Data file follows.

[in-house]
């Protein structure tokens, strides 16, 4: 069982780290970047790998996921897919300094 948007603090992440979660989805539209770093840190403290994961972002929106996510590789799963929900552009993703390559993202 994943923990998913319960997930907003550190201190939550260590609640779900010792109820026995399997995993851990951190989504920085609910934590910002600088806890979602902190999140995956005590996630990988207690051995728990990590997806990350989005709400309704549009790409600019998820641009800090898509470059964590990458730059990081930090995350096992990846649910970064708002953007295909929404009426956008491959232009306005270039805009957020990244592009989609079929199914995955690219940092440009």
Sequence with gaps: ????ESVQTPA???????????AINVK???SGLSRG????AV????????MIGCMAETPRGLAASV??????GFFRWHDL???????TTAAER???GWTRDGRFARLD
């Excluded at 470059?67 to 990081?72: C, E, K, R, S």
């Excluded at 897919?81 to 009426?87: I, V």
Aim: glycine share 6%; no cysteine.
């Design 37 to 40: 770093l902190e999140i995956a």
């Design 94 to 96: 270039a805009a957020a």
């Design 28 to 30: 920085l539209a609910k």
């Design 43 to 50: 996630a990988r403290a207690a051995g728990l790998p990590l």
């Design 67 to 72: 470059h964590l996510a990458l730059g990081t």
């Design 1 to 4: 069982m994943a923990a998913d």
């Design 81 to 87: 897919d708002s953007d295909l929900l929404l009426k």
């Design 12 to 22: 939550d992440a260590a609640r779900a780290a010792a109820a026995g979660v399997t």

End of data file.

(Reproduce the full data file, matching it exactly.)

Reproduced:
[in-house]
């Protein structure tokens, strides 16, 4: 069982780290970047790998996921897919300094 948007603090992440979660989805539209770093840190403290994961972002929106996510590789799963929900552009993703390559993202 994943923990998913319960997930907003550190201190939550260590609640779900010792109820026995399997995993851990951190989504920085609910934590910002600088806890979602902190999140995956005590996630990988207690051995728990990590997806990350989005709400309704549009790409600019998820641009800090898509470059964590990458730059990081930090995350096992990846649910970064708002953007295909929404009426956008491959232009306005270039805009957020990244592009989609079929199914995955690219940092440009």
Sequence with gaps: ????ESVQTPA???????????AINVK???SGLSRG????AV????????MIGCMAETPRGLAASV??????GFFRWHDL???????TTAAER???GWTRDGRFARLD
């Excluded at 470059?67 to 990081?72: C, E, K, R, S």
């Excluded at 897919?81 to 009426?87: I, V």
Aim: glycine share 6%; no cysteine.
């Design 37 to 40: 770093l902190e999140i995956a």
């Design 94 to 96: 270039a805009a957020a």
């Design 28 to 30: 920085l539209a609910k």
């Design 43 to 50: 996630a990988r403290a207690a051995g728990l790998p990590l």
């Design 67 to 72: 470059h964590l996510a990458l730059g990081t």
């Design 1 to 4: 069982m994943a923990a998913d």
């Design 81 to 87: 897919d708002s953007d295909l929900l929404l009426k």
């Design 12 to 22: 939550d992440a260590a609640r779900a780290a010792a109820a026995g979660v399997t």